Booka Shade on the difference between DJs and producers

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When we spoke with him, he was busy preparing for Electric Daisy Carnival in Las Vegas, fine-tuning the visual production, as well as the live music side of the show, for what he refers to as the "American EDM scene."

"We are tuning the production and arrangement for this purpose so everything fits for the EDM scene in America," he says. "Because I believe, at the moment, everything has to be spot on."

The duo spends plenty of time adapting to its audience, whether its European festivals or stateside for club runs. "Take Coachella last year when we headlined: There, you could bring out the musical stuff and play longer -- the groovy stuff," says Kammermeier.

Booka Shade's music lies in the purgatorial down-tempo land of EDM, so the duo must adapt for the high-energy EDC crowd. "With EDC, I guess you have to bring your songs in the best possible way for this crowd. That's good for us to do, as we are a live band with certain arrangements. So we can bring energy in and out to let the people come and get into the music."

Booka Shade's latest release, Eve, doesn't stray far from the sound that the group's fan-base has come expect. The three years Kammermeier and Merziger spent on it, though, allowed them to jump into many genres and pick out specific styles to incorporate into their music. "Leema" is more industrial, whereas "Crossing Borders" has the vocals of Fritz Kalkbrenner layered over a simple melody. The crisp production, which has always been the most important factor attributing to the success of the two musicians, remains.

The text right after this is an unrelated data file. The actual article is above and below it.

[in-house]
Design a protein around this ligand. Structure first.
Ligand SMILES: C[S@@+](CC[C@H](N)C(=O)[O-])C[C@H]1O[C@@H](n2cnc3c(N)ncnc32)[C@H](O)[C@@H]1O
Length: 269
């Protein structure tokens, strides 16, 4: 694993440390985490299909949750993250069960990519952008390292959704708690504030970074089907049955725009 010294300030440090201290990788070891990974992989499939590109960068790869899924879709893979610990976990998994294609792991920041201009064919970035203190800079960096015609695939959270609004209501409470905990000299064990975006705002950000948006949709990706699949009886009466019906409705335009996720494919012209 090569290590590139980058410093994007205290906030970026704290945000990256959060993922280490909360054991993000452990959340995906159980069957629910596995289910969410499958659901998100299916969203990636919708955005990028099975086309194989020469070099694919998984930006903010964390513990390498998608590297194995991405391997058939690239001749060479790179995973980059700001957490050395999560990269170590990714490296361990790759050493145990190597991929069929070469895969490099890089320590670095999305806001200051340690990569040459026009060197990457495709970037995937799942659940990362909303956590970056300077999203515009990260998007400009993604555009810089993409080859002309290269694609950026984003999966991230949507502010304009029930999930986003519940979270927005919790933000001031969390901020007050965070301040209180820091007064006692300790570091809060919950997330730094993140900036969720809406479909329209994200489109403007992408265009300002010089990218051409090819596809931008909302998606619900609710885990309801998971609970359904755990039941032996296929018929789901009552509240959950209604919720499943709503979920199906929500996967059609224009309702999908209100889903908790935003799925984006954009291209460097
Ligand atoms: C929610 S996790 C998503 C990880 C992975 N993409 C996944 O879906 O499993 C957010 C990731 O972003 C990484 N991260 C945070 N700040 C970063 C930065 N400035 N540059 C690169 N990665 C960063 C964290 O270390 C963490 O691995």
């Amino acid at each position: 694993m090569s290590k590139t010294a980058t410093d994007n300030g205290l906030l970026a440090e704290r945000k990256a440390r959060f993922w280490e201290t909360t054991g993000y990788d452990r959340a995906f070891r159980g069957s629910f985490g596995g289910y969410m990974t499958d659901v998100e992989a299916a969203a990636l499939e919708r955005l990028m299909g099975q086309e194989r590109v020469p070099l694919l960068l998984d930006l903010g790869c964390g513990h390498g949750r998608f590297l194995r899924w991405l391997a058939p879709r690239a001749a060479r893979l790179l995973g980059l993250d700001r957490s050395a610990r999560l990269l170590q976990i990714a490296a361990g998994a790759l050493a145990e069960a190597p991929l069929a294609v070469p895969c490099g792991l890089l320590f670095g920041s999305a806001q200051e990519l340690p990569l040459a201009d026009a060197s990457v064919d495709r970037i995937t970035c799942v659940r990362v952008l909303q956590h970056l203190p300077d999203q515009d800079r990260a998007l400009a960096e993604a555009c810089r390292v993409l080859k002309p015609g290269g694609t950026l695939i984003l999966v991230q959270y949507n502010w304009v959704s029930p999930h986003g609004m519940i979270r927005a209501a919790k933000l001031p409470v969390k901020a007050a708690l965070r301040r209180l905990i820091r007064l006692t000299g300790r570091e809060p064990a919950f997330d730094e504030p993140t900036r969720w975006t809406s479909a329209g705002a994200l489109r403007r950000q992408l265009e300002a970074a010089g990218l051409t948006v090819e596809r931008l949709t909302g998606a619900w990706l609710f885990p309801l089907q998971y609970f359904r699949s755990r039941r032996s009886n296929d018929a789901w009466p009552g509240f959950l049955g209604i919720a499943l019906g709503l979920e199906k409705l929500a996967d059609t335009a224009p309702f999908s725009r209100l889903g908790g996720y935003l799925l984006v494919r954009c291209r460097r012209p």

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Britt Chester is a writer and video producer living in Denver, Colorado. He's covered breaking news, music, arts and cannabis for Westword since 2010. His work has appeared in GQ Magazine, Village Voice, YES! Weekly, Inman News and the Winston-Salem Journal. He likes running, cycling, and interviewing people.
Contact: Britt Chester